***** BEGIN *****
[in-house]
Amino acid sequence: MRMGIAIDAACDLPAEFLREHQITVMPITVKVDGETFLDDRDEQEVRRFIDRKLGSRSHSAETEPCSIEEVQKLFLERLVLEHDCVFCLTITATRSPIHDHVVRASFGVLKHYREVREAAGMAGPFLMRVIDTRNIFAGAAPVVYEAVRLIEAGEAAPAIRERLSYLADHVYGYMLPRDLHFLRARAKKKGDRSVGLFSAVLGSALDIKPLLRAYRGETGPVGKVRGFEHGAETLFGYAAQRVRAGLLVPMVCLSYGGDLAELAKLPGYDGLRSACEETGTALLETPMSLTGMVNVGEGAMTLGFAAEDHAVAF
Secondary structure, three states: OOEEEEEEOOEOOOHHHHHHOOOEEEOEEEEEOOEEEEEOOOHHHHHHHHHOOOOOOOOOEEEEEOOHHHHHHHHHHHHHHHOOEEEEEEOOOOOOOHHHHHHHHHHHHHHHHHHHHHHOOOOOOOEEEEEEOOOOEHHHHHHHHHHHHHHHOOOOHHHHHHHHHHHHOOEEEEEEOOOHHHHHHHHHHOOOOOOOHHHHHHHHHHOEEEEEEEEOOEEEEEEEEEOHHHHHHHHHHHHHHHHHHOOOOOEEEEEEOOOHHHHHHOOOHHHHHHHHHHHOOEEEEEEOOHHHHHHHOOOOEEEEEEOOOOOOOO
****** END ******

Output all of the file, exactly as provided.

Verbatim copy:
[in-house]
Amino acid sequence: MRMGIAIDAACDLPAEFLREHQITVMPITVKVDGETFLDDRDEQEVRRFIDRKLGSRSHSAETEPCSIEEVQKLFLERLVLEHDCVFCLTITATRSPIHDHVVRASFGVLKHYREVREAAGMAGPFLMRVIDTRNIFAGAAPVVYEAVRLIEAGEAAPAIRERLSYLADHVYGYMLPRDLHFLRARAKKKGDRSVGLFSAVLGSALDIKPLLRAYRGETGPVGKVRGFEHGAETLFGYAAQRVRAGLLVPMVCLSYGGDLAELAKLPGYDGLRSACEETGTALLETPMSLTGMVNVGEGAMTLGFAAEDHAVAF
Secondary structure, three states: OOEEEEEEOOEOOOHHHHHHOOOEEEOEEEEEOOEEEEEOOOHHHHHHHHHOOOOOOOOOEEEEEOOHHHHHHHHHHHHHHHOOEEEEEEOOOOOOOHHHHHHHHHHHHHHHHHHHHHHOOOOOOOEEEEEEOOOOEHHHHHHHHHHHHHHHOOOOHHHHHHHHHHHHOOEEEEEEOOOHHHHHHHHHHOOOOOOOHHHHHHHHHHOEEEEEEEEOOEEEEEEEEEOHHHHHHHHHHHHHHHHHHOOOOOEEEEEEOOOHHHHHHOOOHHHHHHHHHHHOOEEEEEEOOHHHHHHHOOOOEEEEEEOOOOOOOO